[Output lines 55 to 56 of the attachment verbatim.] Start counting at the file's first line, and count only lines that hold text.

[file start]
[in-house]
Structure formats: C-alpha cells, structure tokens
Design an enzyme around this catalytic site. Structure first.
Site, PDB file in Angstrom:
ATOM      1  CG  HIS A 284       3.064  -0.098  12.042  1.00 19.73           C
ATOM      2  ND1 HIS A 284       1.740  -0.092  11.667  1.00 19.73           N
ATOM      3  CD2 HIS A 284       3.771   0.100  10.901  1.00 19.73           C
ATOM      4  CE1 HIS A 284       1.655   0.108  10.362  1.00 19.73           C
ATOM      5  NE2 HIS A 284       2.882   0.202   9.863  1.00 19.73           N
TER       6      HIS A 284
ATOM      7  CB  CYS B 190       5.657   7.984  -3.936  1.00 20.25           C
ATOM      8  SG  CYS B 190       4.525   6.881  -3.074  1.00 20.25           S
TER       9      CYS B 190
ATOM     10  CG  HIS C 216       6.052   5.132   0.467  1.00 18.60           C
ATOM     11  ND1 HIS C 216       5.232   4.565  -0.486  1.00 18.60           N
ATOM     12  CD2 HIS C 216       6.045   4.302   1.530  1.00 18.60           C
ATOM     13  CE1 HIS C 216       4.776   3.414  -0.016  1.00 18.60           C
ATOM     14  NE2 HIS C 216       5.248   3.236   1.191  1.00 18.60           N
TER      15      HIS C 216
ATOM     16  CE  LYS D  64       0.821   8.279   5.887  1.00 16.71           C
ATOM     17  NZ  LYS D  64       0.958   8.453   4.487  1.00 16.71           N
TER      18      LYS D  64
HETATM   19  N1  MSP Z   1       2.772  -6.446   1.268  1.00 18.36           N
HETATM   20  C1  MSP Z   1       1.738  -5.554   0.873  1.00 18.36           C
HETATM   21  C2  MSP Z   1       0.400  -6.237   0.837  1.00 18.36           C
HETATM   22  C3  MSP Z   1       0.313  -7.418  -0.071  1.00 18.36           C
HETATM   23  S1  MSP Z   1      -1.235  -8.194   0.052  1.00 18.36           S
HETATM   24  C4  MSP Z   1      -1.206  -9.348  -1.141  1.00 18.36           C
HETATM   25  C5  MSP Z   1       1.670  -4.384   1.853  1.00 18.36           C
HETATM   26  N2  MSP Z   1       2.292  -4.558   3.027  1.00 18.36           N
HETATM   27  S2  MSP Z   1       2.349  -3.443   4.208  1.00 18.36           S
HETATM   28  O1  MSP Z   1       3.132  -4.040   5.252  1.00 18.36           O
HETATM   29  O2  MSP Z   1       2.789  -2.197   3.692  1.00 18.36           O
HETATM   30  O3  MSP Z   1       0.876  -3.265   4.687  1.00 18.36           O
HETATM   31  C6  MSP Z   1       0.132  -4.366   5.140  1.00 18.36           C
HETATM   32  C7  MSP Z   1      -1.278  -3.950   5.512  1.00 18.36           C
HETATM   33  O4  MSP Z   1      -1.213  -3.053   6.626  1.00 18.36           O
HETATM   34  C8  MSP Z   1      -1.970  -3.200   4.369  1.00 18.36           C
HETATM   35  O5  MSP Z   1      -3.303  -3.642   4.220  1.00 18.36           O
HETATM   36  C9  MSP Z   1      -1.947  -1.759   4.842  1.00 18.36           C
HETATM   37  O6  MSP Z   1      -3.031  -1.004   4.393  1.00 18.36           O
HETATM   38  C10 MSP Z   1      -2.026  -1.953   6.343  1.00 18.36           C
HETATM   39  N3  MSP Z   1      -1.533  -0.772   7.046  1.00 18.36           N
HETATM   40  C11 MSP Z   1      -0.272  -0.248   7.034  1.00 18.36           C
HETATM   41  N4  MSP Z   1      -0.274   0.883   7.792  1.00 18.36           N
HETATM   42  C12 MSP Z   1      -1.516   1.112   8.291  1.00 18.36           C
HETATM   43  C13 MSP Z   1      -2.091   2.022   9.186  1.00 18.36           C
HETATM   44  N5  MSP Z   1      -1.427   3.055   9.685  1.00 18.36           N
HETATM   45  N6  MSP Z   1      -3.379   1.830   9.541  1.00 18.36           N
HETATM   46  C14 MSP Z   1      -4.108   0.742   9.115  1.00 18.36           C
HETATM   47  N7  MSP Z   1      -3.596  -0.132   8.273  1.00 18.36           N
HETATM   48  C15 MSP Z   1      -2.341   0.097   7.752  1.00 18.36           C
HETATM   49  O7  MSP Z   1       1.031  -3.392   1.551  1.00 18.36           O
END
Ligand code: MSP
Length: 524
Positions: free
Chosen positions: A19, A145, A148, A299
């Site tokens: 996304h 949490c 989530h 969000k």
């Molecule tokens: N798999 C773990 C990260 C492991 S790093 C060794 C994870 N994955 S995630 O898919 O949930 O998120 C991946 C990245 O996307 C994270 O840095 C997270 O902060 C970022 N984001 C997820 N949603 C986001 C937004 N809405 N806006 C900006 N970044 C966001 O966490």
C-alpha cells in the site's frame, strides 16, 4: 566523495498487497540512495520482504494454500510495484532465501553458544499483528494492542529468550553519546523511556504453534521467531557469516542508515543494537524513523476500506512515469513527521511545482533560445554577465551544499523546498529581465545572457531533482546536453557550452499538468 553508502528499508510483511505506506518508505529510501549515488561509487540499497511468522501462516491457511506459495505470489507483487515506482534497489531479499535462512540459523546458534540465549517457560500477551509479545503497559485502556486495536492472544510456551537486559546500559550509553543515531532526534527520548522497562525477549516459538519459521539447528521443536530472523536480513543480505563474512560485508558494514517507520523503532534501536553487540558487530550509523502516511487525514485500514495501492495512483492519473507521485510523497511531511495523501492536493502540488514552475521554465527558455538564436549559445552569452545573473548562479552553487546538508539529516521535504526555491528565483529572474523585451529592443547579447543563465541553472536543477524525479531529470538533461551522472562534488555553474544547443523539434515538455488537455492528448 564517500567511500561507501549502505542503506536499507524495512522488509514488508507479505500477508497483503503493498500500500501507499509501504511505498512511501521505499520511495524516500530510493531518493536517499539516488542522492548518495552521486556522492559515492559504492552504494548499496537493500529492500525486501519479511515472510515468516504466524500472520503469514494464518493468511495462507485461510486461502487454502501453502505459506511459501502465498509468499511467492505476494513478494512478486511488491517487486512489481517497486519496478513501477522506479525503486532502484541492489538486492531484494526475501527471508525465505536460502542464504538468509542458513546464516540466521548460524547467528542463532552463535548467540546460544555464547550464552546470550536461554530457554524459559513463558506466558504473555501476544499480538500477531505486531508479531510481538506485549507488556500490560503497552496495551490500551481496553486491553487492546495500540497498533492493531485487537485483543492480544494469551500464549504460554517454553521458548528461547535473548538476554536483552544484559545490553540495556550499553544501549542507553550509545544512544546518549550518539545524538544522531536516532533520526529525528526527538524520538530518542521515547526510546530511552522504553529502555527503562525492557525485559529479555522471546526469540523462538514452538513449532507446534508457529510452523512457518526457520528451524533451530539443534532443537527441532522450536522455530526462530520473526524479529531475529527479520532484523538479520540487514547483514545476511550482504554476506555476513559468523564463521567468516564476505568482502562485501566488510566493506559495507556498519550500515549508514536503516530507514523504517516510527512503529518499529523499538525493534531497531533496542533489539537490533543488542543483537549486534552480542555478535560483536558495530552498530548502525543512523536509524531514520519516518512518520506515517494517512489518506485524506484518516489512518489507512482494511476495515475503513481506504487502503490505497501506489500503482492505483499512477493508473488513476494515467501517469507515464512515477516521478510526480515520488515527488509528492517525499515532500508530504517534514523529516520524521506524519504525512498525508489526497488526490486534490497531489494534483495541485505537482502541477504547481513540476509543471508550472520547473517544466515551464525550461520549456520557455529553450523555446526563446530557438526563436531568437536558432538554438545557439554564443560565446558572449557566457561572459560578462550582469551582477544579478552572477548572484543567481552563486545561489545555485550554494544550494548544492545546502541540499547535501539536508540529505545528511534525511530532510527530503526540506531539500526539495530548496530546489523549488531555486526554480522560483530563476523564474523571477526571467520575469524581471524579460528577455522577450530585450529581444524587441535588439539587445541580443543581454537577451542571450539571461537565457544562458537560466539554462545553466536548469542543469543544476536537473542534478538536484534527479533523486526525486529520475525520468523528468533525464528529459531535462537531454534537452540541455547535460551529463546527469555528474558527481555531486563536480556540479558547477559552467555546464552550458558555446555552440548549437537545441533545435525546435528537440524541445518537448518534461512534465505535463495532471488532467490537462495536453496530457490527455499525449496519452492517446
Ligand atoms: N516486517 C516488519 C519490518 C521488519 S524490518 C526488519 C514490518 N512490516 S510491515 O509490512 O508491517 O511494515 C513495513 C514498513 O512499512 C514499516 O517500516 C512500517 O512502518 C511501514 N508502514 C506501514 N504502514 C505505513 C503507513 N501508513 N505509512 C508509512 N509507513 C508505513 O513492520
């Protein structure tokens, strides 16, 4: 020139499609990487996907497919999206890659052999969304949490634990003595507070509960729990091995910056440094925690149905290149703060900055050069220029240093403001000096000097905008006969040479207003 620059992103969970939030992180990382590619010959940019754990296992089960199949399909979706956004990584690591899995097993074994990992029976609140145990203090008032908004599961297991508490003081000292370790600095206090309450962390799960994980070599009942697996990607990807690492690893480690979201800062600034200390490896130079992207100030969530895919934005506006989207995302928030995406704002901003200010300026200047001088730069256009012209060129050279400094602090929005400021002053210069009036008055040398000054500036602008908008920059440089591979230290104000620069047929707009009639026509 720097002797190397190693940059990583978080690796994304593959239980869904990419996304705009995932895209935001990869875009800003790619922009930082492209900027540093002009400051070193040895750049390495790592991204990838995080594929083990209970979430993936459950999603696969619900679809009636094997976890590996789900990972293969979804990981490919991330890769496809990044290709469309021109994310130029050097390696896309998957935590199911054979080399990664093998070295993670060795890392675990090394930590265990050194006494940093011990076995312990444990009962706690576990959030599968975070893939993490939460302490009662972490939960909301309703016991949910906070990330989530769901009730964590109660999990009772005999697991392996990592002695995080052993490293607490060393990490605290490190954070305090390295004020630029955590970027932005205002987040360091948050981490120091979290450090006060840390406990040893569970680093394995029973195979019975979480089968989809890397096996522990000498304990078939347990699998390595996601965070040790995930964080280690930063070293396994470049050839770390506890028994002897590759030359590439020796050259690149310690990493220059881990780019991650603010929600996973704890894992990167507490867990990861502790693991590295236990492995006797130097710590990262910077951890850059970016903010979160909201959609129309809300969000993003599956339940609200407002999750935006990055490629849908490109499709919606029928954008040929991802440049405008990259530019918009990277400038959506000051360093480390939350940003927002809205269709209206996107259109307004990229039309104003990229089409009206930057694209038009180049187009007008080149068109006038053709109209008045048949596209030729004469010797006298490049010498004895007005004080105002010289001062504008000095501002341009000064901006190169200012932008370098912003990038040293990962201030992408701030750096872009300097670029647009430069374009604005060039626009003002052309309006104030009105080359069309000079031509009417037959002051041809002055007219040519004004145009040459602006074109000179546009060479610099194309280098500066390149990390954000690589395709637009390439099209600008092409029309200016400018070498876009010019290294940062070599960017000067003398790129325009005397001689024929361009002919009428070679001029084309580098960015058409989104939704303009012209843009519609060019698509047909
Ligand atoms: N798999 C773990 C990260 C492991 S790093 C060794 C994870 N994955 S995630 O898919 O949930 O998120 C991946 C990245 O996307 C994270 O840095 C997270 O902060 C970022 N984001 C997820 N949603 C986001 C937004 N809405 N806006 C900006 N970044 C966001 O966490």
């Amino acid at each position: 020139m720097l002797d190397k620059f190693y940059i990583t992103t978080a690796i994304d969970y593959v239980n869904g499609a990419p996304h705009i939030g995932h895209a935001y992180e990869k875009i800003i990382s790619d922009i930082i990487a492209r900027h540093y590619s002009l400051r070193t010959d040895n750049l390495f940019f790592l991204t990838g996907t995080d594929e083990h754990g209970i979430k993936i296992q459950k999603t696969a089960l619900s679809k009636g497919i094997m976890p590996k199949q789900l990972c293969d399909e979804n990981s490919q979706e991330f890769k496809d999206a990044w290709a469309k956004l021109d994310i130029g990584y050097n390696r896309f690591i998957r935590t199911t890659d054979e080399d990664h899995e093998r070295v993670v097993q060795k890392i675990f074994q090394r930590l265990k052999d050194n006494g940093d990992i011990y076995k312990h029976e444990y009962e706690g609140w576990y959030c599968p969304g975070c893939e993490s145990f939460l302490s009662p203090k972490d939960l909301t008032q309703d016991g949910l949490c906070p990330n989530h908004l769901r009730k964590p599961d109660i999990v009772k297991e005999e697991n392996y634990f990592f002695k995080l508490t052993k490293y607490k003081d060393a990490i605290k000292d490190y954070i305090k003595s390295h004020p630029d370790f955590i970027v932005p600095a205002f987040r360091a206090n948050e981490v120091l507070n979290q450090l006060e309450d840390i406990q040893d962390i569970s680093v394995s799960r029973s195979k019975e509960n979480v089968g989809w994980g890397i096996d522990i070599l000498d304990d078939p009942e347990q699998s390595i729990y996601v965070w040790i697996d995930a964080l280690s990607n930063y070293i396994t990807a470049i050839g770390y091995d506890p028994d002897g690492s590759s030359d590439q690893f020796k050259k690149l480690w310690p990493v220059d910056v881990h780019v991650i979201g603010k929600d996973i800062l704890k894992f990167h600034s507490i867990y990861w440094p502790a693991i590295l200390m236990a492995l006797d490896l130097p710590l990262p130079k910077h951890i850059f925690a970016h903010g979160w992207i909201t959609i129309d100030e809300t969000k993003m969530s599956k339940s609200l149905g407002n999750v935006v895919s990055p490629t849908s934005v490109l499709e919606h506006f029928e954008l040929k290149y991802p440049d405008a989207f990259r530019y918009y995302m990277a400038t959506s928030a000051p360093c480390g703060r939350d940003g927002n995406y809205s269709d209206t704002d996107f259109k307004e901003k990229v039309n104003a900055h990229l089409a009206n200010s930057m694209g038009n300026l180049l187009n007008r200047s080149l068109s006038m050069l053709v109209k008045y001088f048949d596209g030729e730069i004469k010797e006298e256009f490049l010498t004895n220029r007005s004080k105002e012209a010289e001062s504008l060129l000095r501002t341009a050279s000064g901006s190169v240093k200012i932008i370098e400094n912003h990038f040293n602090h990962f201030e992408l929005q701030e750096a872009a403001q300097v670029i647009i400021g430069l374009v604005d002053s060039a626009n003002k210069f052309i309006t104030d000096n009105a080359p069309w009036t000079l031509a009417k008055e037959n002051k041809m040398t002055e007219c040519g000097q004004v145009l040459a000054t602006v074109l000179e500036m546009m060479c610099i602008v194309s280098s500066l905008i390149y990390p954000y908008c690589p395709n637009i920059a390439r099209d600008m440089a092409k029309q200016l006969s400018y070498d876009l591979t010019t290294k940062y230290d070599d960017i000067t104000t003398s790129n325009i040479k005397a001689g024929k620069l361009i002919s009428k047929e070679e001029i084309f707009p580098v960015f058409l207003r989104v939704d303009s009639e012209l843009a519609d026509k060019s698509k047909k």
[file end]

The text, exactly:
Ligand code: MSP
Length: 524